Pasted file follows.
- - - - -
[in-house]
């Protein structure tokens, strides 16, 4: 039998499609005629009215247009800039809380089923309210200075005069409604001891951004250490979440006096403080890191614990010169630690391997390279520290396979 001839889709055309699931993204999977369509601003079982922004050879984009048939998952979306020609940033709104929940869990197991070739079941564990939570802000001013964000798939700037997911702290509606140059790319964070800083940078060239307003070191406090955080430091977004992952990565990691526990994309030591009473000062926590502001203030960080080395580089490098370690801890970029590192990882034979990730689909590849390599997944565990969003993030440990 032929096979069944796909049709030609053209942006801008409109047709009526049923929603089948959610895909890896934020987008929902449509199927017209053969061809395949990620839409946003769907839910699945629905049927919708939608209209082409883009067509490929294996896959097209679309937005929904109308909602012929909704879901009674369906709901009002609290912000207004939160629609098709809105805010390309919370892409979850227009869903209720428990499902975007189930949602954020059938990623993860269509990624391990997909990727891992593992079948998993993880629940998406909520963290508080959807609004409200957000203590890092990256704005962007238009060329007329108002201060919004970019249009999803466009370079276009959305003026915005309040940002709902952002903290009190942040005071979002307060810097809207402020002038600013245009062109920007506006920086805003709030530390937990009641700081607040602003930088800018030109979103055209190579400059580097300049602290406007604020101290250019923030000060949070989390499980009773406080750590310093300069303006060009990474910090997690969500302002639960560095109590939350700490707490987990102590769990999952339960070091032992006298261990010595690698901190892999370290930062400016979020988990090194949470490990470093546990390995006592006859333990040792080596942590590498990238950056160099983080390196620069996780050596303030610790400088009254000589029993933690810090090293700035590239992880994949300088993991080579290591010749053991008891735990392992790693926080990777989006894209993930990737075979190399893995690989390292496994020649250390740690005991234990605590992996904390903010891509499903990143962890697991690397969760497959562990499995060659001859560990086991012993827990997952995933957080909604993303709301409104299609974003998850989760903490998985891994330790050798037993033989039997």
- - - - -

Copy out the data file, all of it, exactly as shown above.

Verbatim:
[in-house]
């Protein structure tokens, strides 16, 4: 039998499609005629009215247009800039809380089923309210200075005069409604001891951004250490979440006096403080890191614990010169630690391997390279520290396979 001839889709055309699931993204999977369509601003079982922004050879984009048939998952979306020609940033709104929940869990197991070739079941564990939570802000001013964000798939700037997911702290509606140059790319964070800083940078060239307003070191406090955080430091977004992952990565990691526990994309030591009473000062926590502001203030960080080395580089490098370690801890970029590192990882034979990730689909590849390599997944565990969003993030440990 032929096979069944796909049709030609053209942006801008409109047709009526049923929603089948959610895909890896934020987008929902449509199927017209053969061809395949990620839409946003769907839910699945629905049927919708939608209209082409883009067509490929294996896959097209679309937005929904109308909602012929909704879901009674369906709901009002609290912000207004939160629609098709809105805010390309919370892409979850227009869903209720428990499902975007189930949602954020059938990623993860269509990624391990997909990727891992593992079948998993993880629940998406909520963290508080959807609004409200957000203590890092990256704005962007238009060329007329108002201060919004970019249009999803466009370079276009959305003026915005309040940002709902952002903290009190942040005071979002307060810097809207402020002038600013245009062109920007506006920086805003709030530390937990009641700081607040602003930088800018030109979103055209190579400059580097300049602290406007604020101290250019923030000060949070989390499980009773406080750590310093300069303006060009990474910090997690969500302002639960560095109590939350700490707490987990102590769990999952339960070091032992006298261990010595690698901190892999370290930062400016979020988990090194949470490990470093546990390995006592006859333990040792080596942590590498990238950056160099983080390196620069996780050596303030610790400088009254000589029993933690810090090293700035590239992880994949300088993991080579290591010749053991008891735990392992790693926080990777989006894209993930990737075979190399893995690989390292496994020649250390740690005991234990605590992996904390903010891509499903990143962890697991690397969760497959562990499995060659001859560990086991012993827990997952995933957080909604993303709301409104299609974003998850989760903490998985891994330790050798037993033989039997």